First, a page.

Airbus might have to seriously consider alternative means of financing development of the A350 if the German government withholds loans of €600 million ($787 million) for the project, as reported in the German press. Airbus won’t comment, nor will German government officials, but any such development would force parent company EADS to defer to its plan to use its own funds rather than accept political influence over its decisions on work share or production locations.
Eurocopter plans to design a fly-by-wire (FBW) control system for light helicopters, according to a job offer the company published yesterday. The manufacturer is looking for an engineer who would initially be tasked with writing specifications for the FBW system, which seems to indicate the entry into service of such a rotorcraft would take place after that of the still-under-wraps X4. A Dauphin medium-twin replacement, the fly-by-wire X4 is planned to enter into service in 2020.
The proposed 60-40 merger of EADS and BAE Systems was called off after management in both companies miscalculated the reaction of governments and shareholders. Paris and Berlin proved unwilling to give up their stakes in EADS, or reduce them to a degree that was acceptable to the two merging companies, to London, and (perhaps) to Washington.
Ireland-based aircraft lessor Avolon is speaking out against what it characterizes as irresponsible speculation that the economic life of modern airliners has been significantly reduced by the dismantling (for parts) of a number of relatively young aircraft, such as the Airbus A318. In an October 2 webcast, Avolon CEO Domhnal Slattery and head of strategy Dick Forsberg presented the results of a study drawing on raw fleet data provided by consultancy Ascend, combined with its own 10-year projections.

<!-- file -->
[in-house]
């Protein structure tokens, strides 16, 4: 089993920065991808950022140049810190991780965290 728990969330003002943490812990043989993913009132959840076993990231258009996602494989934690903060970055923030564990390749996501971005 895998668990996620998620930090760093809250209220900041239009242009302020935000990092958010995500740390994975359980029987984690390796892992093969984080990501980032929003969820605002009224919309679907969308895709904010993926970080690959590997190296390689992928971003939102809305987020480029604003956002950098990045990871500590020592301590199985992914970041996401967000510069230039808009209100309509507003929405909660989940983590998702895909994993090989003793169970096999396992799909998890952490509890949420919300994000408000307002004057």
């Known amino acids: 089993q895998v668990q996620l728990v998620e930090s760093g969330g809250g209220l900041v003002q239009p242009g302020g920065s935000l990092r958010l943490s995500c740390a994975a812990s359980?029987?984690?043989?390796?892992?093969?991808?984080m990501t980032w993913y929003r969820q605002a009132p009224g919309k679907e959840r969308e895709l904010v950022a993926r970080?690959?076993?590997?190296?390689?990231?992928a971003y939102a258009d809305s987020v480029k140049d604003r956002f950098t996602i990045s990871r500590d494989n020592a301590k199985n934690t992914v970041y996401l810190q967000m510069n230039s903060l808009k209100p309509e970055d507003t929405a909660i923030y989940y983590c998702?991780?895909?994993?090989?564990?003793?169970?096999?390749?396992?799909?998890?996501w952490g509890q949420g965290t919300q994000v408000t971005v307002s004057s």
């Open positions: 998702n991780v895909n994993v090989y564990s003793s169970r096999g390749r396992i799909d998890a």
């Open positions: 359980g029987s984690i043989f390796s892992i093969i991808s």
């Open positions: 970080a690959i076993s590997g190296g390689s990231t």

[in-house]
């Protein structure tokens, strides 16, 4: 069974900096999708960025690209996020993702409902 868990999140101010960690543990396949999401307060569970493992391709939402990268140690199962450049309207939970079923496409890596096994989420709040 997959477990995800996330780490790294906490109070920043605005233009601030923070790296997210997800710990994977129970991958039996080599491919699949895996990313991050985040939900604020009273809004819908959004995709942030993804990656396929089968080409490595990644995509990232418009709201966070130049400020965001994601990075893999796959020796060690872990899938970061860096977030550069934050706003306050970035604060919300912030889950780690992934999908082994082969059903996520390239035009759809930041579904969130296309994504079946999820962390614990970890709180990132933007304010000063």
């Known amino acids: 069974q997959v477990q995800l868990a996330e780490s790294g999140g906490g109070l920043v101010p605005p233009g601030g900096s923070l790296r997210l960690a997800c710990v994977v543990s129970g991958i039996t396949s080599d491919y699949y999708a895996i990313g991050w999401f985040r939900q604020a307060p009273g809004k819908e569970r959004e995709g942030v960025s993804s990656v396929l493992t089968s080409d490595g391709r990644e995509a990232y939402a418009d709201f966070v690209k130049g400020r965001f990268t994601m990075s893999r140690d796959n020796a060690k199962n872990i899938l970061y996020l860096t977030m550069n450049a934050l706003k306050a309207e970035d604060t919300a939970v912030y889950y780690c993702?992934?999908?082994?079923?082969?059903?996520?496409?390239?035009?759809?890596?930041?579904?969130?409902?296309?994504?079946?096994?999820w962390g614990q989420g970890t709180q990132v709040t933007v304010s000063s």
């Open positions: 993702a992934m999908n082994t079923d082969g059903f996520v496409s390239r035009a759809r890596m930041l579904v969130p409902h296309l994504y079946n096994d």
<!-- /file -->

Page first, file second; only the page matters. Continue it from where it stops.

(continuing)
Eurocopter, which is nearing completion of a new development center in Donauwörth, Germany, that will house 900 engineers, has begun building another development center in Marignane, France. Employees currently based in Ottobrunn will move to the new German facility next spring. In Marignane, the project includes the construction of a “Helicopter Zero” building, with test benches integrating various helicopter systems to be delivered in April. New construction will start in July, with the goal of accommodating 1,000 people in “plateau” concurrent engineering.
Eurocopter hopes to establish a completion center for Ecureuil light helicopters in Tianjin, China, by next year to accelerate deliveries for Chinese customers.
Senior officials from EADS and BAE Systems are hastening to secure agreement for their proposed 60-40 merger from key governments, after the premature leaking of the deal. They must specify full details by October 10, to satisfy UK stock market rules.
Airbus Military says it hopes to resume, in November, the remaining 140 hours of function and reliability flight-testing that is required before its A400M airlifter can be granted a full type certificate. The flights with MSN6, the first production-representative aircraft, were suspended in July because of the repeated detection of metallic chips in the oil system of one of the TP400 engines.
EADS Cassidian reports positive results from a third flight-test campaign conducted recently from Goose Bay, Canada, with the second prototype Barracuda UAV. Five flights during June and July each lasted up to one hour and proved various new mission modes, including autonomous 4-D navigation and cooperative flying with a second UAV. Unlike the previous two campaigns in 2009 and 2010, the latest flights were funded entirely by the company.
Last week’s ILA airshow in Berlin did little to bolster backlogs of airliner orders, beyond the pair of ATR 72-600s that the regional aircraft maker sold to Austrian carrier InterSky. The $47 million deal will see the first of the 70-seaters delivered in December and the second in March.